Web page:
Teenage girls experiment with drugs at a higher rate than boys

A national survey shows girls ahead of boys in first-time drug use.

Published February 10, 2006 1:00PM (EST)

Results of the White House Office of National Drug Control Policy's National Survey on Drug Use and Health were released Thursday, and the big news was that teenage girls are trying cigarettes, alcohol and drugs at higher rates than boys for the first time in the survey's history, the Associated Press reported.

In 2004, when the most recent survey was conducted, 1.5 million girls ages 12 to 17 started drinking alcohol, compared with 1.28 million boys in the same age group. Seven hundred and thirty thousand girls started smoking cigarettes, versus 565,000 boys; and 675,000 girls and 577,000 boys started smoking pot. And, the AP reported, "14.4 percent of girls and 12.5 percent of boys reported misusing prescription drugs." Which is distressing news, but it's also a little confusing.

Drug czar John Walters also told reporters that overall, teenage drug and alcohol use has declined by 19 percent since 2001. And a quick look at the survey itself indicates that in general, comparable percentages of girls and boys identified themselves as "current users" or "past-month users" of various drugs, alcohol and cigarettes. So the issue isn't that way more girls than boys are using drugs overall. It's that more girls are trying drugs and alcohol for the first time.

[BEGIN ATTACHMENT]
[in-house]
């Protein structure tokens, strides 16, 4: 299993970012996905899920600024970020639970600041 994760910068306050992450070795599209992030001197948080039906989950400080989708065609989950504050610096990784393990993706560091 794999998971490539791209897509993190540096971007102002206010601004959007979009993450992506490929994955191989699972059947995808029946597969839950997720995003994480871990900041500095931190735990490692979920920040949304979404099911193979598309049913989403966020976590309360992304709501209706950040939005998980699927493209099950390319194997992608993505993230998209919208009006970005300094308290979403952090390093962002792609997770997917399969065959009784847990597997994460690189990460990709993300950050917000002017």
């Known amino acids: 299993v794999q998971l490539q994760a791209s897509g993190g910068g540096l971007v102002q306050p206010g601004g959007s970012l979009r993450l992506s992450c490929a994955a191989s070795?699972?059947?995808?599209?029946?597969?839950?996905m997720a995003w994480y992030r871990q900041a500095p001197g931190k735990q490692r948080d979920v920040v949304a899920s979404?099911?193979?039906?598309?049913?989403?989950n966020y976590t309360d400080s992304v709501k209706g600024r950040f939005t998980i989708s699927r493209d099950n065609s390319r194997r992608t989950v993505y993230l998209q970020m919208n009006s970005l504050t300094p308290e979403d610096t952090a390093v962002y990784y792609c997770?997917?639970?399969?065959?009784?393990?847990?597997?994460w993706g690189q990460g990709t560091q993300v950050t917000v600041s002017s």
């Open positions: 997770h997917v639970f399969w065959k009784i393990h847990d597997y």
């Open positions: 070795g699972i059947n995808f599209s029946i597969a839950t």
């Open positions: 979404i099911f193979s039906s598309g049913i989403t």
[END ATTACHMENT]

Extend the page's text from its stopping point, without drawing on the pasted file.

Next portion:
The survey says, "In 2004, an estimated 2.8 million persons used an illicit drug for the first time within the past 12 months ... Most initiates (58.1 percent) were younger than age 18 when they first used, and the majority of new users (57.9 percent) were female." And since policymakers and researchers regard rates of first-time use as "leading indicators of emerging patterns of substance use," the finding may portend a dangerous trend among young women.

So what's next? Walters acknowledged that "we have to deal with today's substance abuse reality, and today's reality is, girls have been using at higher rates than boys in critical areas." Here's hoping his office can be creative -- and realistic -- in its approach to the problem.

By Page Rockwell

Page Rockwell is Salon's editorial project manager.

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